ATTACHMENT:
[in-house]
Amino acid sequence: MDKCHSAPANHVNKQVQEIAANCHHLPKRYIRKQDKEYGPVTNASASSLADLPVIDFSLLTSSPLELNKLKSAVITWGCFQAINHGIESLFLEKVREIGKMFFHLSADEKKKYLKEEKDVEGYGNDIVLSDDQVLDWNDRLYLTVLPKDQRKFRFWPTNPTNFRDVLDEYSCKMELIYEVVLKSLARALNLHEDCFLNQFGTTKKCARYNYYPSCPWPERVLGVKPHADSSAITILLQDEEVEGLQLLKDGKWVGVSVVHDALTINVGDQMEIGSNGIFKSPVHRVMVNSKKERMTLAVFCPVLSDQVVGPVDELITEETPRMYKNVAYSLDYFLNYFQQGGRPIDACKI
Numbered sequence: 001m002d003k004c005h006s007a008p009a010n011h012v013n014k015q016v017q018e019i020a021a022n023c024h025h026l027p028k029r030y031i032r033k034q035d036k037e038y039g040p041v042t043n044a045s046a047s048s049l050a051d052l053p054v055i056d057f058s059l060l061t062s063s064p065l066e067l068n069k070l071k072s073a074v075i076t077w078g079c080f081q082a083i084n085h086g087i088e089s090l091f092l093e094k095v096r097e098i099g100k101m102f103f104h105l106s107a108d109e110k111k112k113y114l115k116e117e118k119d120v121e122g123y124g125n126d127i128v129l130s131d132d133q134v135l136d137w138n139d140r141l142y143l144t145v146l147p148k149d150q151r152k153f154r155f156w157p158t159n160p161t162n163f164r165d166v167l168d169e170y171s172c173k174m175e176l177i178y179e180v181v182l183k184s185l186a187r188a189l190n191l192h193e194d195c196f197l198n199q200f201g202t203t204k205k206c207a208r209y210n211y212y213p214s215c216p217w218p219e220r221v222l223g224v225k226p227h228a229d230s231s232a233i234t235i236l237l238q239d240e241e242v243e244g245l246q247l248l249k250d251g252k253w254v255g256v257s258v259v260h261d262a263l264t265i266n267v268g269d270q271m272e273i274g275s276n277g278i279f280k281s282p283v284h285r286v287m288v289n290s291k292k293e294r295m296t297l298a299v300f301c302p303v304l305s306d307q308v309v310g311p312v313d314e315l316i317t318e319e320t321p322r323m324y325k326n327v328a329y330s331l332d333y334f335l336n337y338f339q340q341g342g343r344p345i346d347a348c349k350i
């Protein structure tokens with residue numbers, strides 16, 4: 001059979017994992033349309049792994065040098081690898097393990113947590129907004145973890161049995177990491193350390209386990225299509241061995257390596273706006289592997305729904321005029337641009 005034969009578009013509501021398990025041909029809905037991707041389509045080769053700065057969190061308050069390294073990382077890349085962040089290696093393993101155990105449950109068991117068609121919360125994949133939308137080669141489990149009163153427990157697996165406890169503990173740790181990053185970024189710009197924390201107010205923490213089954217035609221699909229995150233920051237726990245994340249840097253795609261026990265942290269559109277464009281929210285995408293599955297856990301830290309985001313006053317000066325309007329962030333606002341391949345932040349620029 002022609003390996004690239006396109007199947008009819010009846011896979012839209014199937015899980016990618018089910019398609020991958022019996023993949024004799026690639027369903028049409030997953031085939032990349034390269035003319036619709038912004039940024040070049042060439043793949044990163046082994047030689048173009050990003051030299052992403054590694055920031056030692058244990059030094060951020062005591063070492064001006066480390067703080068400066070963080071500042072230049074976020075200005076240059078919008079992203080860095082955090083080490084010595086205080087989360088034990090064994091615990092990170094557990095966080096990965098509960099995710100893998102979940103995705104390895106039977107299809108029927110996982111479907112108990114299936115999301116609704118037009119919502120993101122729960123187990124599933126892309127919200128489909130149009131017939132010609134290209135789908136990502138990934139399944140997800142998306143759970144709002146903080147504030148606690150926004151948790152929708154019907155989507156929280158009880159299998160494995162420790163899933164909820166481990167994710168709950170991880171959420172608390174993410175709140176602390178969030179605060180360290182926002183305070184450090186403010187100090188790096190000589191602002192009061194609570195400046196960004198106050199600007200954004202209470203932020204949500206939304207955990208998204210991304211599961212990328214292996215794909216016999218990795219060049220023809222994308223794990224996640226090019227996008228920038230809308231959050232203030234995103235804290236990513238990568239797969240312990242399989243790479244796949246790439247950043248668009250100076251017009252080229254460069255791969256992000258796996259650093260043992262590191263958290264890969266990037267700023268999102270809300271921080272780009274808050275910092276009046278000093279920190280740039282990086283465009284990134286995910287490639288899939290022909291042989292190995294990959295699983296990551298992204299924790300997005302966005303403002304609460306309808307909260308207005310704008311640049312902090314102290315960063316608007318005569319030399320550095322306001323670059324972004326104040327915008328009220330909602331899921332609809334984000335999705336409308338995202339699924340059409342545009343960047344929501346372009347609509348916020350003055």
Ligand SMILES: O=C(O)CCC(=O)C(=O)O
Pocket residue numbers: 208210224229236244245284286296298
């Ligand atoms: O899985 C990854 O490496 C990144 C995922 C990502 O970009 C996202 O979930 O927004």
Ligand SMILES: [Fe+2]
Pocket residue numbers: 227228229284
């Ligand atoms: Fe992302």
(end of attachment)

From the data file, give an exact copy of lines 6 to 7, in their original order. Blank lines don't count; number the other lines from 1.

Pocket residue numbers: 208210224229236244245284286296298
């Ligand atoms: O899985 C990854 O490496 C990144 C995922 C990502 O970009 C996202 O979930 O927004």